Norio Ohga, the Sony co-founder who turned all its gadgets black and was driven by his classical obsession to own and music and film industry, has died aged 81.
I met him on several occasions and interviewed him once, at length, in his Tokyo office. Rigidly polite under close questioning, flicking between German and English, the only emotion he showed was when I got him to talk about the death of his friend, Herbert von Karajan.
Ohga had met Karajan, while a singing student in Berlin, through the Japanese wife of the grocery magnate, Julius Meinl. Maestro and young industrialist had three common interests – music, technology and aviation. Karajan, for Ohga, was something close to a god. Ohga, for Karajan, was a means to an end – a chance to be first with the latest audio inventions.
Karajan was the only artist whose advice the future Sony chief followed. He encouraged Ohga to take a stake in CBS Japan, eventually to buy the whole company. It was in a bid to sign Karajan to Sony Classical that Ohga happened to be with him at his death. I told the story in full here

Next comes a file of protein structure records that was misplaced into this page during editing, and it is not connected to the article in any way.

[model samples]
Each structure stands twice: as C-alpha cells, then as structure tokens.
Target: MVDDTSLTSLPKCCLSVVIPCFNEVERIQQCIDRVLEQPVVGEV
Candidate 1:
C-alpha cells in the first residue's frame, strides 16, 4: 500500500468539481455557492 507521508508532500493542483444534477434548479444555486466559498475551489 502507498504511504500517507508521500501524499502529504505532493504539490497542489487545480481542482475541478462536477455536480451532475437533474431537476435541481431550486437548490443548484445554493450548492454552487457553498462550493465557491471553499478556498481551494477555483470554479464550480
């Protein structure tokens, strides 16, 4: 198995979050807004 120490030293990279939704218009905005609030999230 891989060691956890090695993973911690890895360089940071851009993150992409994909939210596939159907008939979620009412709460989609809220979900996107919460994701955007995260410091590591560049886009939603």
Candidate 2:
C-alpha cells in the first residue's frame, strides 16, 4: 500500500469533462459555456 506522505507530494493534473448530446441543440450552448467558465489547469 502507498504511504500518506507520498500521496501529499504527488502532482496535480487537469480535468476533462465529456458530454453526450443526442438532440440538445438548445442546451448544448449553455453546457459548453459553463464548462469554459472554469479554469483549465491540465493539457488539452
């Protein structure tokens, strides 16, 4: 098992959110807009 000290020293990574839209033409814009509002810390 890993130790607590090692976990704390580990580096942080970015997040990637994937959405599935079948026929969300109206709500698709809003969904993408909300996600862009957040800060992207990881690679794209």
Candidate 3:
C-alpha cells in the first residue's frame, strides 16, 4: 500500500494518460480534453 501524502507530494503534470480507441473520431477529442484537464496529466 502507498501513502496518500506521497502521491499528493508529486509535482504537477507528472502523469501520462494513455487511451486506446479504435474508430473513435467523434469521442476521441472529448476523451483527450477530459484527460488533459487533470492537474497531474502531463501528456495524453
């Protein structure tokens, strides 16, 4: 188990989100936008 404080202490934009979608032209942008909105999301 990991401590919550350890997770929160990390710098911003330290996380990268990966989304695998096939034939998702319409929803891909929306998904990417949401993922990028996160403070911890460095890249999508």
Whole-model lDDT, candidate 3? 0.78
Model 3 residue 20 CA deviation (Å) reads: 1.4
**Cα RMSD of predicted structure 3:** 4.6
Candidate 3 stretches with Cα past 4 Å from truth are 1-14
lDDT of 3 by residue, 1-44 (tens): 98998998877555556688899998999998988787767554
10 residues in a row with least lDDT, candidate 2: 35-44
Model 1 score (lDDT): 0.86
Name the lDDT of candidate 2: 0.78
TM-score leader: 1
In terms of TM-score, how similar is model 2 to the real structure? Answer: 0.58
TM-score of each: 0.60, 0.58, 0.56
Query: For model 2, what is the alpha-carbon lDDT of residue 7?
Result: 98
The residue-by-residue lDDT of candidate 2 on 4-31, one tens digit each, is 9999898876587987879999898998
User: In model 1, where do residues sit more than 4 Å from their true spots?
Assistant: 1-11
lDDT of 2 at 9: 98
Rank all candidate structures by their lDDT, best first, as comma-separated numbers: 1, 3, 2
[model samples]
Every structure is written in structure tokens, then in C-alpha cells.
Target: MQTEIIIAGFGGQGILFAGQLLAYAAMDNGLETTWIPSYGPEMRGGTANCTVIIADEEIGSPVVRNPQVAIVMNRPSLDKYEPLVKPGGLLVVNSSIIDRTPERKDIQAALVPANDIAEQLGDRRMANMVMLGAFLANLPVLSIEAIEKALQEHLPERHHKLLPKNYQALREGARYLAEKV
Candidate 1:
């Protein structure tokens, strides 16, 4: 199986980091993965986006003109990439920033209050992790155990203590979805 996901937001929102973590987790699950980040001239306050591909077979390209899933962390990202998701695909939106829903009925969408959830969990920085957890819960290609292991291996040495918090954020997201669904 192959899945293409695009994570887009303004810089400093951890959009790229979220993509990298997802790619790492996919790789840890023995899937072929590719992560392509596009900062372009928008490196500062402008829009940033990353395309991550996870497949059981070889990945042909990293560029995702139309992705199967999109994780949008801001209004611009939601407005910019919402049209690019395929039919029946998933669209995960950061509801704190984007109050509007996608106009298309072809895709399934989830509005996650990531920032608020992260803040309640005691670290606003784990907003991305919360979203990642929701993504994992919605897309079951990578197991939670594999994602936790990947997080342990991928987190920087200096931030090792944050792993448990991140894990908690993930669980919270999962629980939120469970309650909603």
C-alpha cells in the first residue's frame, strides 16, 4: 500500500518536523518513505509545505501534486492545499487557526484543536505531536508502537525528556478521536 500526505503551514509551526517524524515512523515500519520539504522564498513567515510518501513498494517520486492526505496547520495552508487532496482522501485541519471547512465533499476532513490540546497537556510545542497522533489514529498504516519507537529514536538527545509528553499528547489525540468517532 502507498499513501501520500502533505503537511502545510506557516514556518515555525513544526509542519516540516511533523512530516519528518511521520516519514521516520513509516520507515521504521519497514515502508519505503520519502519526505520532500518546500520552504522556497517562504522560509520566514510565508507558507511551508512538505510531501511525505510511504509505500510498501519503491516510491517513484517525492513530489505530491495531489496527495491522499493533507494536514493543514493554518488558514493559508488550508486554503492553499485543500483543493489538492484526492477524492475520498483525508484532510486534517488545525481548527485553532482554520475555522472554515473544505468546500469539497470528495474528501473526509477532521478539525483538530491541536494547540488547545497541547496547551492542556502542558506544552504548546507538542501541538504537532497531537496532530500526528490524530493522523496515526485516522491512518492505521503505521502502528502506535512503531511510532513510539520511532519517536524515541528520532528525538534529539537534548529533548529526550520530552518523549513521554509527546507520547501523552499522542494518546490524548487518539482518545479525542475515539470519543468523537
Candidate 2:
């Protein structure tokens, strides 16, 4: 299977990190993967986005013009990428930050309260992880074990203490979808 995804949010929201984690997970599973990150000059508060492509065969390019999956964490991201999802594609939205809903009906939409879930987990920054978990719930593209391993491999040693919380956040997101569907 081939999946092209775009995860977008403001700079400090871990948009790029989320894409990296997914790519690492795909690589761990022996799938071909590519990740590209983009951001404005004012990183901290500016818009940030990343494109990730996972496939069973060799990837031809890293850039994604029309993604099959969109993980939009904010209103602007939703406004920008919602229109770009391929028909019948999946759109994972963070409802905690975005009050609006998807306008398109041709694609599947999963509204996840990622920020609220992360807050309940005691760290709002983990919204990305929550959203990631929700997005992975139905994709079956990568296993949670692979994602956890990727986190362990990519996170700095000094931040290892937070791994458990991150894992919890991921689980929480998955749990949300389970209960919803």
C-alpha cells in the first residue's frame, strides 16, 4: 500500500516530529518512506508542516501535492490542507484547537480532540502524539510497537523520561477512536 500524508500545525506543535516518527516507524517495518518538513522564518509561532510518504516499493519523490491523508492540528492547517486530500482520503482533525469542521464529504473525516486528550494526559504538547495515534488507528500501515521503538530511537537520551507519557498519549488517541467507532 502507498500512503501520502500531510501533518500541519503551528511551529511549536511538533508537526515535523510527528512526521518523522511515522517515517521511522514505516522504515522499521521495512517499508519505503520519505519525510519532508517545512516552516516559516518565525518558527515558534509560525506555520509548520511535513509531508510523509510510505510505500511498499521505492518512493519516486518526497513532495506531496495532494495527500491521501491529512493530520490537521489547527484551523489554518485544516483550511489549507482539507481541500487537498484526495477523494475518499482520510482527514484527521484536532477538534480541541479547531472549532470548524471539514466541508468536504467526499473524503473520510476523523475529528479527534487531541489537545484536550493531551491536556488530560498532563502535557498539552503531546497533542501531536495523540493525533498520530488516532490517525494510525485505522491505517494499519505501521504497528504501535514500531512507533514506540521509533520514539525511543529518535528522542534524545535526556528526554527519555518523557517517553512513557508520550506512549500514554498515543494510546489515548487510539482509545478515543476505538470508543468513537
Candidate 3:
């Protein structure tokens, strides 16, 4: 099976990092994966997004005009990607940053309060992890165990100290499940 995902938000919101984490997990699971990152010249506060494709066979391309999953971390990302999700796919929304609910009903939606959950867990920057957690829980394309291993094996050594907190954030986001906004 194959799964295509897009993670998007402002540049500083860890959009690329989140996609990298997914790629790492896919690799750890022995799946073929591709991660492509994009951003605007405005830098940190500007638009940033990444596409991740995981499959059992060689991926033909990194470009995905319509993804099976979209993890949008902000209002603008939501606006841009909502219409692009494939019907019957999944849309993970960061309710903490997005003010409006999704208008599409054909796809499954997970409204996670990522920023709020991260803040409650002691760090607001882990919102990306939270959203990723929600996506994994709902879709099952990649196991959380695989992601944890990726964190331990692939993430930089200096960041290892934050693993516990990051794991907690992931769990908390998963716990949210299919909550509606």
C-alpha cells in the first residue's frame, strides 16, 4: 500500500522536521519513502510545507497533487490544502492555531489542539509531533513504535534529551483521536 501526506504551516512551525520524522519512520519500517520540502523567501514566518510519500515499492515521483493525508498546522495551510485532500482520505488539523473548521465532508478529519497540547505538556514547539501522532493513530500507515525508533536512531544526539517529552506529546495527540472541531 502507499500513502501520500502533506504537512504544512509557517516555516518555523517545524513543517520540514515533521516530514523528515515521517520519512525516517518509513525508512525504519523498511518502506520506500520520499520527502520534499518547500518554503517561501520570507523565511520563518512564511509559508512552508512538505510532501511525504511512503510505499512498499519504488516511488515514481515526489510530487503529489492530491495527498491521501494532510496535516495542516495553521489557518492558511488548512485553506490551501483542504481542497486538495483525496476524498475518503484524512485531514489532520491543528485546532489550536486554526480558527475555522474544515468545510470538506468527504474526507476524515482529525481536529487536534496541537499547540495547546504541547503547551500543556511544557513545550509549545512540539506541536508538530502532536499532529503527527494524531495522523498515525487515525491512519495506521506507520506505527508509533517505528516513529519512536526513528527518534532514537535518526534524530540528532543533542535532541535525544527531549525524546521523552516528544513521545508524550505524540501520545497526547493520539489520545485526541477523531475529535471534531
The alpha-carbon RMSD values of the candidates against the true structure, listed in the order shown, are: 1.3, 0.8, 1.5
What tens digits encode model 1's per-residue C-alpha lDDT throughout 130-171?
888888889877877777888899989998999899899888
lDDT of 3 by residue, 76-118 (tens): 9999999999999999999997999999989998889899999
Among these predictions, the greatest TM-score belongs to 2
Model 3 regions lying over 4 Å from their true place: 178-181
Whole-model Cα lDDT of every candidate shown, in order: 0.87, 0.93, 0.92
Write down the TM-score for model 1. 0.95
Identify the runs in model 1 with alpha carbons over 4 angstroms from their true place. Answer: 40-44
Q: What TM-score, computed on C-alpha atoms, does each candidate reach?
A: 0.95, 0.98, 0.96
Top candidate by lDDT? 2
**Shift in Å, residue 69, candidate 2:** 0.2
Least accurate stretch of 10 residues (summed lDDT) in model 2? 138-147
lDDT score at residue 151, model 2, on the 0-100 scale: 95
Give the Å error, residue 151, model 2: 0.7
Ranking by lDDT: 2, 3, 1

It was in Karajan’s model that Ohga indulged his own desire to be a conductor, an ambition that enabled him to conduct the Boston Symphony and the orchestra of the Metropolitan Opera in exchange for million-dollar donations. Not, however, the Berlin Philharmonic.
Not in public, anyway. I am told by someone present that he conducted the orchestra in a private performance of Beethoven’s 9th symphony on June 14, 2000. The soloists were Julia Varady, Uta Prieuw, Roland Wagenführer and Eike Wilm Schulte, with the Berlin Singakademie, augmented by a Sony Philharmonischer Chor. A disc was produced on the Sony Classical label but was never issued for sale.
A stickler for design detail, Ohga was responsible for turning Sony products black. He had been known to cancel a product launch because he did not like the shape of a button. His whim was greatly feared across the company.
Ohga, with two inventions